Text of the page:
Material selection:

Probably the most important aspect of building a sustainable home. When talking about materials, one of the previous points mentions distance to acquiring materials must be in close proximity to the house. Hence the next step to take is to use locally sourced materials or locally available materials. In India we are blessed to have a large variation or local stone to choose from based on the area that you want to build your house. Choosing Kota stone for example if building in Andhra Pradesh, makes the most sense due to the stone being available locally and in abundance there. Other materials that make a huge difference are

- Natural reusable material, like stone, bamboo and FSC certified wood.

- Eco friendly love VOC paints

- Engineered wood is better since that protects actual wood from forests.

Choose to purchase materials that are recycled like doorframes or window frames, but if that isn't to your preference, choose door and window frames made by local artisans. This will make a good impact for the workers as well as the quality of your home. Not to mention the huge decrease in your and your homes carbon footprint. Go local can save costs on transport and ensure good quality. Because standing the test of time is one of the best features of any sustainable house. Innovative and creative choices of materials are encouraged to reduce construction waste and to also impart a distinctive style of architecture unlike any others.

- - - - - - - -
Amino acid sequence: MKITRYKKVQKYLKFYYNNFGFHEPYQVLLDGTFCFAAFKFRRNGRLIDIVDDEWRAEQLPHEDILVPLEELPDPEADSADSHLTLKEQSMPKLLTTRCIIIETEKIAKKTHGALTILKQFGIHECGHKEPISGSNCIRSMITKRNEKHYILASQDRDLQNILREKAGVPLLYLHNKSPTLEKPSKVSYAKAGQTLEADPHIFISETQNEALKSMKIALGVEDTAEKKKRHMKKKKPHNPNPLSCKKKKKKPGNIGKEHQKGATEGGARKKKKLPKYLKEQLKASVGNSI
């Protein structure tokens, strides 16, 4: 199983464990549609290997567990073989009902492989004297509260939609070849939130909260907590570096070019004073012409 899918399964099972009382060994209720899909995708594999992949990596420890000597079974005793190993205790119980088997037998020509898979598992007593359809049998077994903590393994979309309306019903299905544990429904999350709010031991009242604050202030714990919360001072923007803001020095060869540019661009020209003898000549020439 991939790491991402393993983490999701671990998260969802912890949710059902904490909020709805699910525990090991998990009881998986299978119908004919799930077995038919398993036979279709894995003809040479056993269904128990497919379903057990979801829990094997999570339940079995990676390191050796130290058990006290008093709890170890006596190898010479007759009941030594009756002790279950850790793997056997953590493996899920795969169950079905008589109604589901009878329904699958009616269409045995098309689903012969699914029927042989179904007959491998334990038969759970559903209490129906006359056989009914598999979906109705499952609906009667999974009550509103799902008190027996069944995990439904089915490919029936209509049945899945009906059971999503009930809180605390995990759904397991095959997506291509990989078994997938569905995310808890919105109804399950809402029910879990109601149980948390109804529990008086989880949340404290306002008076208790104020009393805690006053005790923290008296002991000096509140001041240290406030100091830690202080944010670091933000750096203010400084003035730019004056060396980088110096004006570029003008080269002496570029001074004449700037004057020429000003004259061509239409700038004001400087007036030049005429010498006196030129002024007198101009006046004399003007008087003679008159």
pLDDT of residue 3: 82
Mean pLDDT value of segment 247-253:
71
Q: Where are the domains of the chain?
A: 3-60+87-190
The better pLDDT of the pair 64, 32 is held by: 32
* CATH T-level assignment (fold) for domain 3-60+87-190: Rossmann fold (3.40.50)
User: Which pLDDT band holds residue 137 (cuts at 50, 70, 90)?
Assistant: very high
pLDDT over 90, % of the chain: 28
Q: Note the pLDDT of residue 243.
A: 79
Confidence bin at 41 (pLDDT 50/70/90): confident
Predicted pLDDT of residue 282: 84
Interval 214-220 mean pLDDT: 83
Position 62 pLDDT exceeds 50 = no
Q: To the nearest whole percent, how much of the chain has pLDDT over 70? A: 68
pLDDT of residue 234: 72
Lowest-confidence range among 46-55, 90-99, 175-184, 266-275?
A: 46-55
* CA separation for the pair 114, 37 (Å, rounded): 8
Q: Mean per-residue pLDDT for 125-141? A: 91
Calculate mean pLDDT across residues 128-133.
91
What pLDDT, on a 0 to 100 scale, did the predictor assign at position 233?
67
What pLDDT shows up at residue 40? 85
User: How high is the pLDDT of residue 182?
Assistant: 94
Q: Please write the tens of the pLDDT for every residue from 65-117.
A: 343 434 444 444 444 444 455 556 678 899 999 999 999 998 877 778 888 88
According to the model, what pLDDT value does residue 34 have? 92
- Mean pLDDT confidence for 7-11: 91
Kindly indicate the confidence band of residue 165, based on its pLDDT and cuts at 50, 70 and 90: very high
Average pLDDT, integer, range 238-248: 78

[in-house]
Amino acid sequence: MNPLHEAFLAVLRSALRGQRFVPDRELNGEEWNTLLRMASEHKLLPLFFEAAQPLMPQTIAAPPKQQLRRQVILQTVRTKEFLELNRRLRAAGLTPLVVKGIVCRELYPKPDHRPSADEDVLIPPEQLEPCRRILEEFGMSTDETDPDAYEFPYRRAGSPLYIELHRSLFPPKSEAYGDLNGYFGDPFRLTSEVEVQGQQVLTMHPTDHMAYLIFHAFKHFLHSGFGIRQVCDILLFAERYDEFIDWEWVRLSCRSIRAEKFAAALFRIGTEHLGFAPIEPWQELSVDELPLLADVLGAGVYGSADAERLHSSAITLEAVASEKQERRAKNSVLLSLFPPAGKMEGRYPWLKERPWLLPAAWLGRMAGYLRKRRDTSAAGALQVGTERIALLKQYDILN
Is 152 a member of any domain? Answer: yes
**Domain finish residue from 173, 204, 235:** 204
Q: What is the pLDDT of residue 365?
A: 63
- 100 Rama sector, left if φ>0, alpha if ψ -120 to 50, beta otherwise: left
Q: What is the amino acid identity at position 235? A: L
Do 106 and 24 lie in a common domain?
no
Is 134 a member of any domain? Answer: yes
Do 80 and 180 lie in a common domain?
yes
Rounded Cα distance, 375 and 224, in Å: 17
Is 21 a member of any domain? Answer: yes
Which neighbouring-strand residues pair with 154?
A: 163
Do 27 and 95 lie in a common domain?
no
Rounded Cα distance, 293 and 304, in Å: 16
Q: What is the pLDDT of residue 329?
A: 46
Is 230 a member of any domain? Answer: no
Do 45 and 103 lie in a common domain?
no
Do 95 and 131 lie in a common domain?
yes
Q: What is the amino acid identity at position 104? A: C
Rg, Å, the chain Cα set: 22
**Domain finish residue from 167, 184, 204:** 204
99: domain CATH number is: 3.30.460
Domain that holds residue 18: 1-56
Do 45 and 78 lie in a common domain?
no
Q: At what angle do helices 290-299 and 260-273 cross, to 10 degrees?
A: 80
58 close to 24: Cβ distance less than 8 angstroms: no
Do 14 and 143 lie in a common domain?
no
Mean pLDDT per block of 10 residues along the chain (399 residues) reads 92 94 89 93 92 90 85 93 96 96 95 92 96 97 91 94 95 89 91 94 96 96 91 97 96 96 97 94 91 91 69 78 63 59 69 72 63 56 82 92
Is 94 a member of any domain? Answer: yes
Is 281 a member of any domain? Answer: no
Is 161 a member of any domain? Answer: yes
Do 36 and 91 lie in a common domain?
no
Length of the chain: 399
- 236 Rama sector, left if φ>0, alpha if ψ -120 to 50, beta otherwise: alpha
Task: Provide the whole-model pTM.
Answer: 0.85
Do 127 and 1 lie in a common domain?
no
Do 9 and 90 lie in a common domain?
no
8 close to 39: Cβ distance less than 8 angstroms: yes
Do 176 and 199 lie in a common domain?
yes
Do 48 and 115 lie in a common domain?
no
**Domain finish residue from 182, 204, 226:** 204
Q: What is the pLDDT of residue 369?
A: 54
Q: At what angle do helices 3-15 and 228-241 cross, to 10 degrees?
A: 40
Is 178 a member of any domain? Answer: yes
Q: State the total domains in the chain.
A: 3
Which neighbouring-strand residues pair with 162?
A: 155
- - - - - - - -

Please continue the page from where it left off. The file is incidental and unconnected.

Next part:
Waste Management:

Waste management is a big part of controlling the overall environmental impact of any home. For large projects, companies are integrating responsible waste management solutions such as material recovery facilities or MRF, where waste is segregated.

For smaller projects such as a house, a similar concept can be applied. Waste should be segregated in bins to be collected by local or community waste management facilities.

Energy systems:

The lifecycle of the house depends on its energy, so at every point in building your house, energy consumption must be taken into consideration.
Everything from

- LED lights for the entire house saving upto 75% of power cost

- Passive cooling and heating techniques

- High performance doors and windows

- Energy star rated appliances

- Solar panels for water heaters

Changes on the personal front:

- Plant pollinator friendly plants in your garden, to help pollinators find food.

- Grow more food at home, in the kitchen, patio or even the backyard.

- Start composting to reduce food wastes and it also makes for great fertilizer for your garden.

- Remember to bring ‘reusables’ when heading out: grocery bag, water bottles or even a coffee mug.

- Reduce waste in your home, bamboo alternatives, soap bars instead of plastic bottles for body wash or find containers which can be reusable.

- Be a conscious consumer, and realize all your purchases have impacts. Support brands which are ethical and have initiatives to help empower disadvantageous groups.

There are a lot of things you can do to reduce your carbon footprint. Start small or big, but start bit by bit and eventually there will be more and more ways to inculcate changes which in the long run save energy, money and most importantly will be good for the earth.

Sustainability is not a trend, it is a need for all buildings alike. As sustainable housing has increased over the years, so have the efficient design solutions to making it possible to build such housing. These sustainable efforts will surely continue to make way to building smarter, energy efficient houses for years to come.

Image Source

Image source:

Ar. Mrudula Reddy

Master of Landscape Architecture